By Jonathan Davis
Following President Trump’s order to target and kill the commander of Iran’s Islamic Revolutionary Guard Corps’ (IRGC) Quds Force, Qassem Soleimani, many in the United States and the West have been opining that Iran will strike back at a time and place of its choosing.
Now granted, some of the chatter is politics: Democrats, especially, have been critical of the president’s decision with 2020 Democratic frontrunner Joe Biden flatly declaring that the attack is going to unleash Iranian ire.
Not unexpectedly, the Iranians have already publicly vowed to avenge the killing. Fox News reported:
A senior military official in Iran threatened an attack on some 35 “American targets,” including “destroyers and warships” near the Persian Gulf Friday night, promising to seek revenge for the killing of Gen. Qassem Soleimani, according to a report.
The latest threat against the U.S. came late Friday night from senior Revolutionary Guards commander Gen. Gholamali Abuhamzeh, a day after top Iranian military general Soleimani was wiped out by an airstrike at Baghdad International Airport.
A lot of this rhetoric is for public consumption. Obviously, Iranian leaders have to give their own people something to rally around, especially after weeks of unrest following dramatic price increases for gasoline (which is a result of U.S. sanctions).
That doesn’t mean the Iranians can’t or won’t retaliate, using their own forces or via proxies. But killing a large number of Americans or substantially damaging a U.S. warship would bring the wrath of Trump, along with the backing of most Americans — and destruction of Iran-based targets.
But in reality, the regime really doesn’t have a lot of options. Ali Mamouri, writing in Al-Monitor notes that as well, adding a detail little reported in American media — that four other top Iranian generals were also killed, along with Soleimani:
This presence of this number of important people altogether indicates that they had been planning something very big, probably against the US after the latter attack on PMU bases in northern Iraq and Syria. This was what US officials confirmed as well. US President Donald Trump said “We took action last night to stop a war” and Lindsey Graham, one of Trump’s main congressional advisers, called the operation a “preemptive, defensive strike planned to take out the organizer of attacks yet to come.”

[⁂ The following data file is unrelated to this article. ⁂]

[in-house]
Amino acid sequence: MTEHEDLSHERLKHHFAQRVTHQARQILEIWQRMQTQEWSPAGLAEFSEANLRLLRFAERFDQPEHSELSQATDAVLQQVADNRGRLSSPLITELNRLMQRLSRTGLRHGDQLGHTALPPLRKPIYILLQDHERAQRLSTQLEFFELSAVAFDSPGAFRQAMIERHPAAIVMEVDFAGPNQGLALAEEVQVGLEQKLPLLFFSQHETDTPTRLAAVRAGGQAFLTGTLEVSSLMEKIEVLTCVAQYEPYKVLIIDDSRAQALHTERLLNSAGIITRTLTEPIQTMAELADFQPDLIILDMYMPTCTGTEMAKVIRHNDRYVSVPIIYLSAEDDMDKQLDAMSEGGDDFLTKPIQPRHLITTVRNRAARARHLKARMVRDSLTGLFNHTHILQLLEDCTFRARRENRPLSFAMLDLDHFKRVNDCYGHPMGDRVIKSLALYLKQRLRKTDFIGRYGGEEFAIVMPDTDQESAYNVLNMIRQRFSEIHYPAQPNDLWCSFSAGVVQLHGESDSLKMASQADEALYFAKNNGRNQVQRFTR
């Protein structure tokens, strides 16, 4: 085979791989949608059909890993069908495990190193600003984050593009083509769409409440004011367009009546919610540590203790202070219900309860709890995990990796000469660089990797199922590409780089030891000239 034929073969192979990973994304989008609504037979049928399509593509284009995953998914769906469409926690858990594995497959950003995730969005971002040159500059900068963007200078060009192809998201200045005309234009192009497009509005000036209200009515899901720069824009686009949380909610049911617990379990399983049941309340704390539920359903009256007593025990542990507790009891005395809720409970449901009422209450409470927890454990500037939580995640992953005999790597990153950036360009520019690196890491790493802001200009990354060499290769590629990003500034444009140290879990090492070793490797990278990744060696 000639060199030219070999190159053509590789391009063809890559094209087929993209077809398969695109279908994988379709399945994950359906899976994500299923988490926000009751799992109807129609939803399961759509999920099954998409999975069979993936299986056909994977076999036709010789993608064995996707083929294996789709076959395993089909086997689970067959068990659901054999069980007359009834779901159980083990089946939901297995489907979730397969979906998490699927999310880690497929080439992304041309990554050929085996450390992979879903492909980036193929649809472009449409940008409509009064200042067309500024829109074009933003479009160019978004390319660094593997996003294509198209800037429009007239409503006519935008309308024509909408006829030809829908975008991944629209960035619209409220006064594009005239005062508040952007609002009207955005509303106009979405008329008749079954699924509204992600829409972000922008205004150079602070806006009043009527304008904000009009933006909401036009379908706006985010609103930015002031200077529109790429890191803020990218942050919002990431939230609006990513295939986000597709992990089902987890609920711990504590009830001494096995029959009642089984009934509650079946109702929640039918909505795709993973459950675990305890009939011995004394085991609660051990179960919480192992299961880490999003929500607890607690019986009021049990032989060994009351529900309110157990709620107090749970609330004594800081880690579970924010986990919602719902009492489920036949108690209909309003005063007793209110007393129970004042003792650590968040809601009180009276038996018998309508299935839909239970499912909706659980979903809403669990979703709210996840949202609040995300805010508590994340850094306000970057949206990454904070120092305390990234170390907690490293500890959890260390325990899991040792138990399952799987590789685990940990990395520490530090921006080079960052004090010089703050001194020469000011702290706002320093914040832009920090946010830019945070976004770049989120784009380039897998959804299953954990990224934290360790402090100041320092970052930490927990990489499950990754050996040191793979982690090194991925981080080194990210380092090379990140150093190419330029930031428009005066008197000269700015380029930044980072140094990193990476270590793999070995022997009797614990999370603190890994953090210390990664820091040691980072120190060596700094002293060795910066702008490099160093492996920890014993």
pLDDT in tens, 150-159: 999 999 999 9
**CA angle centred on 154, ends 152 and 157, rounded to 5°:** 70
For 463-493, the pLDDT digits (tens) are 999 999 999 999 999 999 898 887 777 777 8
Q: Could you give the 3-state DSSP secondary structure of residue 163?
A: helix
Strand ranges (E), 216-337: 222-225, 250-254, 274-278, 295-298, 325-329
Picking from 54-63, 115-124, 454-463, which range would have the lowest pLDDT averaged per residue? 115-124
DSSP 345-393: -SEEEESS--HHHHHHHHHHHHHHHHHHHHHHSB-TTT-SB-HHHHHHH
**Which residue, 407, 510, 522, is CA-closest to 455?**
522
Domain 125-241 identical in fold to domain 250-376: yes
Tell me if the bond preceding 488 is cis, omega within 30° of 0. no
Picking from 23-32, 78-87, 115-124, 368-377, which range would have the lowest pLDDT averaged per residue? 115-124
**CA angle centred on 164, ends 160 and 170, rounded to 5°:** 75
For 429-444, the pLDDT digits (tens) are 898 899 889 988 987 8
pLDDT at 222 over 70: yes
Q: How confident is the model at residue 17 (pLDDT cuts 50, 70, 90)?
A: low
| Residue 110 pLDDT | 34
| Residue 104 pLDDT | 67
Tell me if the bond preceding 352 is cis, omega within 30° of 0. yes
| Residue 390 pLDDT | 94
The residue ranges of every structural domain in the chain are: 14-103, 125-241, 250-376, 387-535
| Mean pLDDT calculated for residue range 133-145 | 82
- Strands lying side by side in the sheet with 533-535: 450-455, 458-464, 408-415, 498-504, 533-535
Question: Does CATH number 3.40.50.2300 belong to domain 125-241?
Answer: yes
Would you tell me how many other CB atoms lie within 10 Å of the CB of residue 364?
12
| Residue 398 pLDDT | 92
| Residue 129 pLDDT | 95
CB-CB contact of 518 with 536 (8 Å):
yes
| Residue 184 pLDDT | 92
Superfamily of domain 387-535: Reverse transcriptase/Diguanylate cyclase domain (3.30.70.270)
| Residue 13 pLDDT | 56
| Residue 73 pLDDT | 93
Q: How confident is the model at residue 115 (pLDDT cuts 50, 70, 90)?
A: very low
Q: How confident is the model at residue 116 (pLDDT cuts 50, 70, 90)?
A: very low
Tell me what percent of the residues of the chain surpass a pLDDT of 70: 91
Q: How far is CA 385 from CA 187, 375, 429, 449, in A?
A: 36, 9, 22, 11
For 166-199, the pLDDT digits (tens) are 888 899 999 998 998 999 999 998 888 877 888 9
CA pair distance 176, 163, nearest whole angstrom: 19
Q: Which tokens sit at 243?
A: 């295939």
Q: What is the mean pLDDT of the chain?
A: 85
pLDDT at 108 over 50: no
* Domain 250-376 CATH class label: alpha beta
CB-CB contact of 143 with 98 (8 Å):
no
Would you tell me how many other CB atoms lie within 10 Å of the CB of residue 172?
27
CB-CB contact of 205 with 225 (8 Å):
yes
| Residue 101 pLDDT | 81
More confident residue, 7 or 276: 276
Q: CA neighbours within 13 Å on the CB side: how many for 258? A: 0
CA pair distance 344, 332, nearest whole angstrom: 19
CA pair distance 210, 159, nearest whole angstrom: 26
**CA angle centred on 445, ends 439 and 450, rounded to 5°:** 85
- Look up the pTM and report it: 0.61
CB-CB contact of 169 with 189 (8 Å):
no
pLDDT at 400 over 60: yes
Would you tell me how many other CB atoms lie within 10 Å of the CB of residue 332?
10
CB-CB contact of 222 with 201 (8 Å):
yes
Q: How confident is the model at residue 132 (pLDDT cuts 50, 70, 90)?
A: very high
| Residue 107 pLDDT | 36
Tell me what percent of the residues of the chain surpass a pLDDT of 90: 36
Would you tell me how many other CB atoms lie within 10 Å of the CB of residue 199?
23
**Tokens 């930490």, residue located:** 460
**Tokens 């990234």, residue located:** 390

Iran’s Supreme National Security Council had its special meeting about the incident, which was led by Iranian Supreme Leader Ayatollah Ali Khamenei for the first time. The council announced after the meeting that “Iran will take revenge at the suitable time and place,” which indicates Iran is not willing to escalate in the near future.
In fact, the economic hardship in Iran — in addition to the challenges the government is facing internally — would not allow Tehran to increase the tension. Iran’s past conduct against Israel strikes on Iranian bases in Syria also shows it will not seek revenge if its national security and interests are in danger.
From the US side, Secretary of State Mike Pompeo called for reducing the escalation, saying, “I reiterated our commitment to de-escalation.” US President Donald Trump also indicated that Iran should take up negotiation instead of confrontation, tweeting, “Iran never won a war, but never lost a negotiation!”
This all indicates that Iran and its proxies in the region most likely would not seek revenge in the near future and — in regard to Iraq, in particular — would not lead Iraq to fall into a civil war or mass destruction, because it would lose even more in Iraq if it takes such a risk.
He also suggested that the Iraqi parliament would not vote to expel U.S. troops from the country, but it actually did so on Sunday. But as Fox News reported, only about 180 parliamentarians — mostly majority Shiites — were on hand; Sunni and Kurdish lawmakers, who opposed the idea, skipped the vote. Plus, it was a resolution, not a law.
As Mamouri noted further, the loser in expelling the U.S. military presence will be Iraq; aligning with Iran in any meaningful way will alienate Baghdad government from most of the world.